Can You Hear Me Now?
How Modern Technology Is Changing The Way We Communicate
April 1, 2014

Over the last decade, communication technologies have evolved at an increasing rate. This has influenced businesses and industries to grow and adapt to the new means of communication. One industry that has seen significant technological improvements is the construction industry. With the use of mobile technologies (such as tablets and smartphones), clients can now use pictures and videos to improve the efficiency of communication without having to be at the office. At times it can be difficult to receive internet or cellular reception on a construction site, but mobile technologies can allow project personnel to record information independently, and then upload it to a network at a later time. The coordination of meetings has also been greatly improved with the development of modern technologies. Companies with employees dispatched out to different locations are now holding online meetings with the utilization of mobile technologies and online screen sharing services.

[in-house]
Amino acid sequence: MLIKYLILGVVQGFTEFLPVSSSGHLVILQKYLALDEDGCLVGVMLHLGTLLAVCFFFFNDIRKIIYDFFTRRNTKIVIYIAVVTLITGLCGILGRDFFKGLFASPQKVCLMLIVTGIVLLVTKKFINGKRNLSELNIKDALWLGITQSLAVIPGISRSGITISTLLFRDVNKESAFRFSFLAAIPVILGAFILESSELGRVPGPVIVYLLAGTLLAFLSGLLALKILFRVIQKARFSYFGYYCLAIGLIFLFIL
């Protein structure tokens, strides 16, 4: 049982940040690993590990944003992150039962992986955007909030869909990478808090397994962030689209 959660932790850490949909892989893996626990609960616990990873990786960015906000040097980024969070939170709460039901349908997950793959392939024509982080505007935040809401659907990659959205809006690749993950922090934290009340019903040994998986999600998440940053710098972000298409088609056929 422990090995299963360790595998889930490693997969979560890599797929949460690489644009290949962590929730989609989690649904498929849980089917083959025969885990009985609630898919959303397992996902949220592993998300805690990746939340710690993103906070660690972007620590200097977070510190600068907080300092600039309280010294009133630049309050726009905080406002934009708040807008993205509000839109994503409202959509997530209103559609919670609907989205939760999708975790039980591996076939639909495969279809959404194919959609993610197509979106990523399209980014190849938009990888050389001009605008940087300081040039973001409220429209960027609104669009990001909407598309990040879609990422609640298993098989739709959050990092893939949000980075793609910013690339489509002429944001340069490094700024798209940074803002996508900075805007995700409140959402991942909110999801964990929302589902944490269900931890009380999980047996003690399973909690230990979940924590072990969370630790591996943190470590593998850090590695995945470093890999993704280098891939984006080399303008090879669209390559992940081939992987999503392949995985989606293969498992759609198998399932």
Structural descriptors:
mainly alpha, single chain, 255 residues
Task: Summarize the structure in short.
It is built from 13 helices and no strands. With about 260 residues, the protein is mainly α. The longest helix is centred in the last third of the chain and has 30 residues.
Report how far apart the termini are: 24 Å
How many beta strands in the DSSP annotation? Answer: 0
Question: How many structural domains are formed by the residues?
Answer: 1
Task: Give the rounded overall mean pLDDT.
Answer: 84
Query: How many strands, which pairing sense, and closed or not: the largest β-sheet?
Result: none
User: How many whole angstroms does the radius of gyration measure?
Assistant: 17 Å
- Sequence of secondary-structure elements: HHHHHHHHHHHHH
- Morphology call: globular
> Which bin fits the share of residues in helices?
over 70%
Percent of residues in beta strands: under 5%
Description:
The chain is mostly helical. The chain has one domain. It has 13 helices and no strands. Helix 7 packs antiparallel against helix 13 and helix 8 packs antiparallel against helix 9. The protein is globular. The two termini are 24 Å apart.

On construction projects, information needs to be relayed to multiple parties in an effective and timely manner; however, many projects use multiple resources to track their information. This can become a cumbersome task and it can also present the opportunity for information to be lost in translation. Through the use of software that offers a package of services, information can be tracked, coordinated, and distributed efficiently and with ease. This has been beneficial for many projects in regard to inspections, punch listing, issue management and resolution. Through the use of software solutions like FreightTrain®, cloud-based technologies allow users to access information for multiple projects from any location via the internet. This results in the effective organization of communication, coordination and implementation of work.